There are also other problems associated with traditional motion analysis techniques, which introduce errors in the estimates—for example, skin movement artefacts,72,73 identification of bony landmarks,74 and signal noise.75,76 Key variables related to ACL injury mechanisms such as knee internal/external rotation and rotation moments have proved to be unreliable in high impact sporting motion.72 Similarly, tibia to femur translation in a sporting event is too small to be measured with available imaging techniques based on surface markers.72 Also, the standard net joint kinetics approaches, without the additional use of, for example, sophisticated mathematical models or results from cadaver studies, is incapable of estimating ACL force. Interpretation of the results is therefore troublesome in the sense that it is difficult to predict to what extent, if at all, the observed mechanics exposes the athlete to increased risk of injury.
One approach to assessing the relation between a particular movement pattern (as measured through laboratory analysis) and injury risk is to couple motion analysis with a prospective registration of injuries. One could even introduce an intervention programme designed to change biomechanics and reduce injury risk. Hewett et al77 observed a significant decrease in peak forces and knee adduction/abduction moments in a group of 11 female volleyball players before and after four weeks of plyometric training. The same group later applied this programme to a group of 366 female high school athletes and found that knee injury risk was reduced, indicating that reducing peak landing forces or varus/valgus loading is effective in preventing knee injuries.78 Further support for this hypothesis can be found in a recent prospective study among 205 female high school athletes, which shows that athletes who ruptured their ACL during the subsequent season displayed appreciably different knee posture and loading (greater abduction angle and moment, higher ground reaction force) in a pre-season laboratory jump/landing task compared with those who did not.60 Although this is not a study of the injury mechanisms per se, it establishes increased dynamic valgus and high abduction loads as risk factors for injury among female athletes. In this way, it supports the valgus mechanism described by Olsen et al20 from video analysis of ACL injuries in team handball. Taken together, these studies show that laboratory motion analysis can provide relevant information for understanding the mechanisms of sports injury.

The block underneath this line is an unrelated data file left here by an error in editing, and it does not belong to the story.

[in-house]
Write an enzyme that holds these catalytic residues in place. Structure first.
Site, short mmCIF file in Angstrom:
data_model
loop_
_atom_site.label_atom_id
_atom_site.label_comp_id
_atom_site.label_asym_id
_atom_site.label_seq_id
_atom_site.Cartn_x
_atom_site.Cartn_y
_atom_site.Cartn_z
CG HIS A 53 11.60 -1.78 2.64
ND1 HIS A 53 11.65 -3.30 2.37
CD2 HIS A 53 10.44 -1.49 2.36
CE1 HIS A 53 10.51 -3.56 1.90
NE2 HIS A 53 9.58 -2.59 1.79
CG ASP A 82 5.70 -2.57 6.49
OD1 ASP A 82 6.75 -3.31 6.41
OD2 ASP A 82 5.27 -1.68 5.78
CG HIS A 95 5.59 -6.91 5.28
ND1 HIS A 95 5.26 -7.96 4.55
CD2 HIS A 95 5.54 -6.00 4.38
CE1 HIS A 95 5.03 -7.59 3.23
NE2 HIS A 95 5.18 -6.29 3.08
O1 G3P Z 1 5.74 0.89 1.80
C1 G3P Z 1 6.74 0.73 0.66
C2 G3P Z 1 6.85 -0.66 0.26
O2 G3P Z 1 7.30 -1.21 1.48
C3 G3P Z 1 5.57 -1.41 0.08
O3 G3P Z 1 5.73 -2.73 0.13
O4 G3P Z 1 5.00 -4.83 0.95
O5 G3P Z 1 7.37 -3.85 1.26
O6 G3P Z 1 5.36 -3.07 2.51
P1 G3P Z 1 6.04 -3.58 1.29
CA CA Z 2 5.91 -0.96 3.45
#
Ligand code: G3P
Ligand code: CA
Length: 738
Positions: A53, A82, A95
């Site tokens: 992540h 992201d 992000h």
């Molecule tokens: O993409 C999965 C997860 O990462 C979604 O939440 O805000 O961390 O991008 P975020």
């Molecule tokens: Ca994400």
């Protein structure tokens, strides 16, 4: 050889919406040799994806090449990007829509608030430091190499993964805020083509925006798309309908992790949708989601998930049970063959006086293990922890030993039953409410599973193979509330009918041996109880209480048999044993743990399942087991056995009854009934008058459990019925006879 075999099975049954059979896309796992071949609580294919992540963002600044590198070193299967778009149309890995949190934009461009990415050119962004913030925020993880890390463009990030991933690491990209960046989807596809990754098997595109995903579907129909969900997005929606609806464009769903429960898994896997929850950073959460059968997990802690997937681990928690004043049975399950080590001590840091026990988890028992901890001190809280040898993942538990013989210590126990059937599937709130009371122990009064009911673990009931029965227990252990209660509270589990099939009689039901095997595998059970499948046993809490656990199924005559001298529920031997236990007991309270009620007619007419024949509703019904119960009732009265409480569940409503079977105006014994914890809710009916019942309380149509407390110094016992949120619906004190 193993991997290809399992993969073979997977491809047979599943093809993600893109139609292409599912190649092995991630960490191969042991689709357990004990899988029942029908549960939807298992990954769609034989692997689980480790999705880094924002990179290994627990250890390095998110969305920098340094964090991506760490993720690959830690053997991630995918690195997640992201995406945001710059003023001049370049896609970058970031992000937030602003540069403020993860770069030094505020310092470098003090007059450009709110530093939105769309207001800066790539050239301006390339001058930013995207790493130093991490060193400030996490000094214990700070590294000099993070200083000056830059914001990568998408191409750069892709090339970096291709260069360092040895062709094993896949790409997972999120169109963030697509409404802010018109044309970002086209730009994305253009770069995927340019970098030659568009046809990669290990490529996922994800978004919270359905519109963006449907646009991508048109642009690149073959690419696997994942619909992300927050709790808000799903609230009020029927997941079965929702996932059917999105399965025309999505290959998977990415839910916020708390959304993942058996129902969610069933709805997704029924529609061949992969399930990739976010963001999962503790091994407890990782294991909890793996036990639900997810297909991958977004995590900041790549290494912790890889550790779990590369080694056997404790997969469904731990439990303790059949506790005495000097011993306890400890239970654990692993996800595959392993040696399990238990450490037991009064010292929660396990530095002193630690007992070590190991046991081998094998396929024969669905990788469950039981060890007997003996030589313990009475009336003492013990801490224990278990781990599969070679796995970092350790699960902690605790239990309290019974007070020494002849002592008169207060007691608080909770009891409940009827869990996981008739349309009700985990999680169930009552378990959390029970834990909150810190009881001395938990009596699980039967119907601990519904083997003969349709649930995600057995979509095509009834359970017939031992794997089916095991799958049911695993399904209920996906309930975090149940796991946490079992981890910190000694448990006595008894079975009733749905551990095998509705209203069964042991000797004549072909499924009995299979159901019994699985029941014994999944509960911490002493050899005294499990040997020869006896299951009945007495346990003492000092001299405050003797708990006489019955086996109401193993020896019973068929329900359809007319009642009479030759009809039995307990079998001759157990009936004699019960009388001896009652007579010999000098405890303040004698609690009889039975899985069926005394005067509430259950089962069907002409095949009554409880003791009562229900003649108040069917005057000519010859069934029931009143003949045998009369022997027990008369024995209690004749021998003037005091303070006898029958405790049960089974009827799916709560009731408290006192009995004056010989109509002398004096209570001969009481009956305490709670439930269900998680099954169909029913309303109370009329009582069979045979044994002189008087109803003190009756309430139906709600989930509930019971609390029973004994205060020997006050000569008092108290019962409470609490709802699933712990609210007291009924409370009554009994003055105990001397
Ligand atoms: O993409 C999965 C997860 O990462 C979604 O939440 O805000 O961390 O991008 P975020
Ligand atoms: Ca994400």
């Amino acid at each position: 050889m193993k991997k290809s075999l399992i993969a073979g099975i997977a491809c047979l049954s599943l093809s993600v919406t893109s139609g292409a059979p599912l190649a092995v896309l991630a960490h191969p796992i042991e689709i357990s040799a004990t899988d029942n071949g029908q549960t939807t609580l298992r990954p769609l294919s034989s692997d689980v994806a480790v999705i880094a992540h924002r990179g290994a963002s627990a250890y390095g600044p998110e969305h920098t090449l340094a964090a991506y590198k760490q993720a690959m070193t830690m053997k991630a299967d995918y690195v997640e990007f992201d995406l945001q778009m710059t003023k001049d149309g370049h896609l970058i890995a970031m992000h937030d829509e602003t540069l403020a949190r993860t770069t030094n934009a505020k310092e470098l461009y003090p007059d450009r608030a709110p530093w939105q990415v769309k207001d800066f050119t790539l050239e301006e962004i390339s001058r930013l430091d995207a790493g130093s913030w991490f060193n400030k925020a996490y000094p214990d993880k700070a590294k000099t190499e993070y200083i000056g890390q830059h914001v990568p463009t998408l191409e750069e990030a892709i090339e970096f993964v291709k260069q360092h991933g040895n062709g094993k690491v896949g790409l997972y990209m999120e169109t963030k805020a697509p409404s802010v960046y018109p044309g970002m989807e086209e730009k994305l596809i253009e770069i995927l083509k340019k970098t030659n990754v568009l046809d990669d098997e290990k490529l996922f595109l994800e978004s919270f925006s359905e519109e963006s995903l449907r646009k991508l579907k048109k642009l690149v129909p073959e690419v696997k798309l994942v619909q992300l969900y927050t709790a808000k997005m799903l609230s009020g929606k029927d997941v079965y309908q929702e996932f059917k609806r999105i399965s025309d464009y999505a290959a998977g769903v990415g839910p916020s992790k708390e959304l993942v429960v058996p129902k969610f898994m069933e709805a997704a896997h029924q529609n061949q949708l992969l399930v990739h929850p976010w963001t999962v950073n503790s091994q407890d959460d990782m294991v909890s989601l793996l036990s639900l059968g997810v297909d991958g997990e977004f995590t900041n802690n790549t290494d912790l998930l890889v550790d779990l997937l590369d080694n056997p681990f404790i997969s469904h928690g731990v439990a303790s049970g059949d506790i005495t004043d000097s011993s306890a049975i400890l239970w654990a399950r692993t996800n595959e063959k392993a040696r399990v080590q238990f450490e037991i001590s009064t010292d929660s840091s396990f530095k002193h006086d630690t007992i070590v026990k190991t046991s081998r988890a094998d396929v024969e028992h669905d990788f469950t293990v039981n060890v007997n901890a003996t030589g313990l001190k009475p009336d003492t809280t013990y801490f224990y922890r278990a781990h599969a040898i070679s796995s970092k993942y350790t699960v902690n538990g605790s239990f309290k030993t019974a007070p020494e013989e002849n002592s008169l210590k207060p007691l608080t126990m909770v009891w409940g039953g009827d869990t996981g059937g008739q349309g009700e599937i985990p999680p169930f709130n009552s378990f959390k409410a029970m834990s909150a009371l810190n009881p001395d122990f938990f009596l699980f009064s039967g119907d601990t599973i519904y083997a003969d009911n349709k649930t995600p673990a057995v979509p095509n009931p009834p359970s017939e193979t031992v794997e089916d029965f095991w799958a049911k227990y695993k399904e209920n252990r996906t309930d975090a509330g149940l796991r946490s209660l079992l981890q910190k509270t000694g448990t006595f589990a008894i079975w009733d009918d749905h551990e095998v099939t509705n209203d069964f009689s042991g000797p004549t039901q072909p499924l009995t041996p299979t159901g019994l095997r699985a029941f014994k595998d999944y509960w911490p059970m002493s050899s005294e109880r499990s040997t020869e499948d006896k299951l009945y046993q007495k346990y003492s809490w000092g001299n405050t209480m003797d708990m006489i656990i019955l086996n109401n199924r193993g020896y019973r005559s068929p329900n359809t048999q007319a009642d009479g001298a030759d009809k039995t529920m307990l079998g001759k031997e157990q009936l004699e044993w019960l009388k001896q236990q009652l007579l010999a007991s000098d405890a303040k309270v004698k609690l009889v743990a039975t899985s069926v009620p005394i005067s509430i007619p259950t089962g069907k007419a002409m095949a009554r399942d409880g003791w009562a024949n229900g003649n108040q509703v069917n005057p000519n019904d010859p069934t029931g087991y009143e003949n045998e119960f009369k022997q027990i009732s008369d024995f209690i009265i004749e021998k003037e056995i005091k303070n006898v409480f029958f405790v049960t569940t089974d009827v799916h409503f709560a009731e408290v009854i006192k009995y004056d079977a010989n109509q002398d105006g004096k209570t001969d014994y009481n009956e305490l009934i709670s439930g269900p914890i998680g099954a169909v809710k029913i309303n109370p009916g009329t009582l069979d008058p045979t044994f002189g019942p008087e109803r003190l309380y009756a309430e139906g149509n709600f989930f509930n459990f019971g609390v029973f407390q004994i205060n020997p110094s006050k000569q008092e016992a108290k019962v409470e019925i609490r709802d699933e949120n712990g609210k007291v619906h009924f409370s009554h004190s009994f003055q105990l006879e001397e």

IN VIVO STRAIN/FORCE MEASUREMENTS
In vivo studies of strain or forces represent another approach that can provide useful information on tissue loading in situations with similar characteristics to injury situations, and thus perhaps also relevant for injury. Some of the most utilised methods are strain gauges—for example, the Differential Variable Reluctance Transducer79—and buckle transducers80 or fibre optic sensors81 for measuring force. Lately, non-invasive methods such as ultrasonography82 and MRI83 have also shown their potential.
However, owing to the technical challenges,79 the ability to perform sport specific movements using invasive techniques is at present limited. In addition, non-invasive studies are limited in that they cannot be applied in a sport relevant situation. In vivo studies have therefore generally focused on, for example, muscle-tendon biomechanics and rehabilitation, rather than injury mechanism research. An exception is the study by Cerulli et al,84 in which ACL strain was measured in an athlete performing a one legged maximal jump on to a force plate. However, methodological limitations—for example, impingement problems84 preventing the athlete from extending the knee, and wiring, preventing more than one step—prevent this from reflecting the real sporting situation. This was also indicated by their findings, as the maximal strain was only slightly higher than measured while the athlete was standing still on one leg.